And a study published in the UK medical journal The Lancet highlights just how much we have to worry about. Looking at more than 600,000 employees, the research found that working in excess of 55 hours a week can increase the risk of stroke by a third compared to those working between 35-40 hours per week.

And of course, there is the big issue of depression, which I have already alluded to above. The condition is a very common result of stress, and while the illness is thought to affect around 5% of the UAE population, the figure is likely far higher if we account for cases of depression brought on specifically by work-related stress.

Moving past the health issue, employers should also be aware of the very clear fact that stressed-out staff are, simply, less engaged. A Towers Watson survey from 2014 looked at both the stress and engagement levels of over 20,000 workers across 12 countries and found that over half of the employees who reported high stress levels were disengaged, while only 10% of workers who did not feel stressed felt disengaged.

This naturally affects overall productivity levels, and turning now to research from Stanford University, a 2015 study found that employee output falls sharply after a 50-hour working week, and is practically non-existent after 55 hours. In fact, the research found that a person working a 70-hour week produces on average no more than someone who works 55 hours.

And the final thing I will mention here is how that work stress affects the employees' personal lives. A recent study by recruitment firm Monster found that 37% of employees feel the stress of their jobs ruins the time they spend with their partner. Which is likely why the workplace stress caused by those long working hours are often citing as primary reasons why many marriages fail here in the UAE, where the divorce rate has spiked by more than 35% in recent years.

Stress: it's everybody's problem

So the big question is how to solve the workplace stress problem. Well, the first step is to understand that it can never really be removed from the equation. The trials and tribulations of work life (and life in general) will always bring with them large amounts of stress, and we humans are simply not all that good at managing the bigger issues– or the smaller ones for that matter.

We also need to face the fact that the workplace is highly competitive, and this is tied in many ways to basic survival. We work, after all, to take care of ourselves and our families, to put food on the table and shelter over our heads. Beyond this, it's as well apparent that many of us drive ourselves too hard, all towards achieving more and more success– which in itself can be a very unhealthy goal if poorly managed (and it usually is).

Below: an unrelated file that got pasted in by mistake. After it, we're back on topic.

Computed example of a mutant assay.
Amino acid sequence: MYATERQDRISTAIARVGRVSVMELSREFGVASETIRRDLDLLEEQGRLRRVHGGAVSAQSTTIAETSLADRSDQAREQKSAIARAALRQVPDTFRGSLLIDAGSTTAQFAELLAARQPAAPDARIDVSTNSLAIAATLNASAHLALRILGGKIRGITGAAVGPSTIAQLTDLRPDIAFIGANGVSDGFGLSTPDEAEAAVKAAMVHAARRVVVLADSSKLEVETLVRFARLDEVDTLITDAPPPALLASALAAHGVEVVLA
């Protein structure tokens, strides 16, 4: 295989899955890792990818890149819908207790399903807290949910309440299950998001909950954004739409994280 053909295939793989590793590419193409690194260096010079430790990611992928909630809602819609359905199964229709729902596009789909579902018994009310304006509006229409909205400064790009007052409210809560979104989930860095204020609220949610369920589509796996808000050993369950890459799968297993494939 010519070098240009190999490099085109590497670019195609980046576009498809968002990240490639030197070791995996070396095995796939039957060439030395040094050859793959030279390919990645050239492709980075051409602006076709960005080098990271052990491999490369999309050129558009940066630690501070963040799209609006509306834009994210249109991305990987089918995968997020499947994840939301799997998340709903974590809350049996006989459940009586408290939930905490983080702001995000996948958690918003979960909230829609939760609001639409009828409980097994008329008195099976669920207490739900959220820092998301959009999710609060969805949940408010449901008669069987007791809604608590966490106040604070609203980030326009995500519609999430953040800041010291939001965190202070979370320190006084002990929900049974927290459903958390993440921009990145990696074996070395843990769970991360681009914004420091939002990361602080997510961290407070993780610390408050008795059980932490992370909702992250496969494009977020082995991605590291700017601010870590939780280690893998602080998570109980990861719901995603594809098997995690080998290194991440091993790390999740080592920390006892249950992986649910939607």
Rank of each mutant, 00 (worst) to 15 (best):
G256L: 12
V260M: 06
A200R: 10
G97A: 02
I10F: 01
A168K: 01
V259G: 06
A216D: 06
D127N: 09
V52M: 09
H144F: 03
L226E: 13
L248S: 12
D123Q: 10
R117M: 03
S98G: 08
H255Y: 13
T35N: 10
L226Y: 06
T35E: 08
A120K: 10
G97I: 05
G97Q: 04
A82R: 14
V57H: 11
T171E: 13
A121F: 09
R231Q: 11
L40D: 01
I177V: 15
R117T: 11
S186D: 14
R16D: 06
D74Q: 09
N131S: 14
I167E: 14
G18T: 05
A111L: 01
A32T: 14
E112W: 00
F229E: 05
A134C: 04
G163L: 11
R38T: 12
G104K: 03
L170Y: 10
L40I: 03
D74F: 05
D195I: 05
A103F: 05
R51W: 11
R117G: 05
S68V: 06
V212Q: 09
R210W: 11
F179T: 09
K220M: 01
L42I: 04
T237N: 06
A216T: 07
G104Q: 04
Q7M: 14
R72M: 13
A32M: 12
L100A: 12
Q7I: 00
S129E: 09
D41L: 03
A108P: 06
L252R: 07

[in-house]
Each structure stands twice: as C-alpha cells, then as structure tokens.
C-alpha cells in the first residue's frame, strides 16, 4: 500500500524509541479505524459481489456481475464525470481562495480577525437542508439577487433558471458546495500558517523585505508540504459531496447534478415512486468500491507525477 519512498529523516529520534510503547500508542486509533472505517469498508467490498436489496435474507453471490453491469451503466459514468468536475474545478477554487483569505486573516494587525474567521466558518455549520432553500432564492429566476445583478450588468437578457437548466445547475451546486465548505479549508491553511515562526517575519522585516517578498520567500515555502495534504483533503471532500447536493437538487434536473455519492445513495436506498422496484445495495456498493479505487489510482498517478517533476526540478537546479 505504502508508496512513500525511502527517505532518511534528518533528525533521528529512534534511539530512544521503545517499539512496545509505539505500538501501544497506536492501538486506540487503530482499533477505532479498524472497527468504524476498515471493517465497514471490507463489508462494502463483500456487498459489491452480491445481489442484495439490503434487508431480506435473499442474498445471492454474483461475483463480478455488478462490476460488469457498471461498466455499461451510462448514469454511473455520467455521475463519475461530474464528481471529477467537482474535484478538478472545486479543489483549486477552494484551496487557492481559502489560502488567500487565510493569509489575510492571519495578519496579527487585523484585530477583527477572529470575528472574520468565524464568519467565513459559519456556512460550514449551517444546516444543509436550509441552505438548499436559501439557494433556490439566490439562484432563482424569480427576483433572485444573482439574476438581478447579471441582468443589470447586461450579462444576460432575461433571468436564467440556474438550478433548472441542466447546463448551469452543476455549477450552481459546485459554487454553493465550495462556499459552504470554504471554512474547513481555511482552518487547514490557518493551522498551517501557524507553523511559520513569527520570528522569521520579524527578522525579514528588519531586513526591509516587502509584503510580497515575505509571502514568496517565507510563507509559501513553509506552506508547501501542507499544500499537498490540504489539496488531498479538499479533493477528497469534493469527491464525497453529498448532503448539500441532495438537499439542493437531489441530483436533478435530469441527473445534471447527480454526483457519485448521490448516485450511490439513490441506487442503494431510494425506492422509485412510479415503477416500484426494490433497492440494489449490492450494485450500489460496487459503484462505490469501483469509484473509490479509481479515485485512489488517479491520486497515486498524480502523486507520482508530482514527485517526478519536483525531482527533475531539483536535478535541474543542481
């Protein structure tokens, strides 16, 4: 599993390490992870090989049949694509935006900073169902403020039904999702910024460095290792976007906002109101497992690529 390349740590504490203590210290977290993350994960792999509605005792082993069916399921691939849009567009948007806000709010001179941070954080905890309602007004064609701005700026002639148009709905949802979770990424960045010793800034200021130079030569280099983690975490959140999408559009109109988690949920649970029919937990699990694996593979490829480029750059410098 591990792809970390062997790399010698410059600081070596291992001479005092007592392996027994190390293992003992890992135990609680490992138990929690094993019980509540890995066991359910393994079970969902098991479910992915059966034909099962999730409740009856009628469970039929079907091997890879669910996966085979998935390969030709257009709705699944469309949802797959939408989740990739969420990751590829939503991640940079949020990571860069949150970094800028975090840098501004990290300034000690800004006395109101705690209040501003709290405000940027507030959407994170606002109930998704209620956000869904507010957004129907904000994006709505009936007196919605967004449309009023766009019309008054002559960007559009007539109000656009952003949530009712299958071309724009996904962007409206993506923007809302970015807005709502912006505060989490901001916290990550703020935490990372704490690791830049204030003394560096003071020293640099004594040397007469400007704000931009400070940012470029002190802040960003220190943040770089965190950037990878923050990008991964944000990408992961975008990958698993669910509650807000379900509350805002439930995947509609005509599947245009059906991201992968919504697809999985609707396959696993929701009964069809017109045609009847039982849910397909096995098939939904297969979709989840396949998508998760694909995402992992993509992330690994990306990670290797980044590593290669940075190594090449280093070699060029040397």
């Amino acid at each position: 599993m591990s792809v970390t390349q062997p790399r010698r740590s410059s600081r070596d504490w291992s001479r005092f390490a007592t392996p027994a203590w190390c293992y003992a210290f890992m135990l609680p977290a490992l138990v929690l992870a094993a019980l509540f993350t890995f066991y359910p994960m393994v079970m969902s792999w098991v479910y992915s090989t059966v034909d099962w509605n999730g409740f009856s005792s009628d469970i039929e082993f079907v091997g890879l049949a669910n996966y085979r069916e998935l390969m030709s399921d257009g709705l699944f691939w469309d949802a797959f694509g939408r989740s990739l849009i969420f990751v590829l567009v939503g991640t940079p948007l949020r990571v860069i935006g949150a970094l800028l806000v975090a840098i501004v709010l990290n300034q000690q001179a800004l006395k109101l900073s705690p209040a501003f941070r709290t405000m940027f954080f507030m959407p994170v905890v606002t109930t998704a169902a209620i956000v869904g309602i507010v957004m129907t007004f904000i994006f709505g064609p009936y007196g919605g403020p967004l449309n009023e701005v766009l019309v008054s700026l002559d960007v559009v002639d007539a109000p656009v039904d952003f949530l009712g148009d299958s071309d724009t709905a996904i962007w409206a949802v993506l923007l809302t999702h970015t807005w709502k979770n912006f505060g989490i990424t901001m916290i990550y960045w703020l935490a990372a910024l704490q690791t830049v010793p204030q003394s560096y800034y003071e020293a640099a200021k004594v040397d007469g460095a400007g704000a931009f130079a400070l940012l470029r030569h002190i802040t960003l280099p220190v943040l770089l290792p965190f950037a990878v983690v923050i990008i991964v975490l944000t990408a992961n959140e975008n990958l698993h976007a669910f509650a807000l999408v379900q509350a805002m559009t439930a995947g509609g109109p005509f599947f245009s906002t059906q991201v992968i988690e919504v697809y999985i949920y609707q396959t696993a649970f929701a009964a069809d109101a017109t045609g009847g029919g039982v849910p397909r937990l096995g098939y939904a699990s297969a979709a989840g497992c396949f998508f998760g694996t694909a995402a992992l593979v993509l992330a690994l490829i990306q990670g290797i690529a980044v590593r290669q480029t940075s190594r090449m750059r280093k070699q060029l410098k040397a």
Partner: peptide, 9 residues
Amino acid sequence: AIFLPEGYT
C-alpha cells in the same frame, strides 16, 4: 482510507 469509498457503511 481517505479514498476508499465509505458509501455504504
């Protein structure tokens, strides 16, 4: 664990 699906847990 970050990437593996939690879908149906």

Let's though end where we usually do, which is to emphasize the role of the organization. Here it is about creating a culture that puts the people first through a very strong commitment to work-life balance. While ongoing wellness programs to help manage stress are all well and good, treating the symptoms without addressing the cause is no cure. It's simply a Band-Aid.

It truly does need to start at the highest level. The C-suite must to be aware and ensure that work-life balance is part of the overall business strategy. Because only by promoting this type of culture where the wellbeing of the individual comes above the wellbeing of the organization can we even begin to tackle the minefield that is workplace stress.

Related: Boosting Productivity Levels (And Killing Distractions) At The Workplace

Carole Khalife

Head of Human Capital and Employee Benefits, Al Futtaim Willis

Carole Khalife is Head of Human Capital and Employee Benefits at Al Futtaim Willis.

Carole earned her law degree in 2003 before starting her career in the field of medical insurance, joining one of the largest insurance groups in the Levant and GCC region. Since then she has built up extensive experience in the MENA region, supporting some of the largest regional and international organizations in the area of risk management, with a specific focus on medical and life insurance.

Carole joined Al Futtaim Willis in 2015, a joint venture between the Al Futtaim group (UAE) and Willis Towers Watson, a leading global advisory. She supports clients in turning risk into a path for growth through risk management and personalized approaches, customized according to each company’s core business. Carole is passionate about innovation, people and continuous improvement.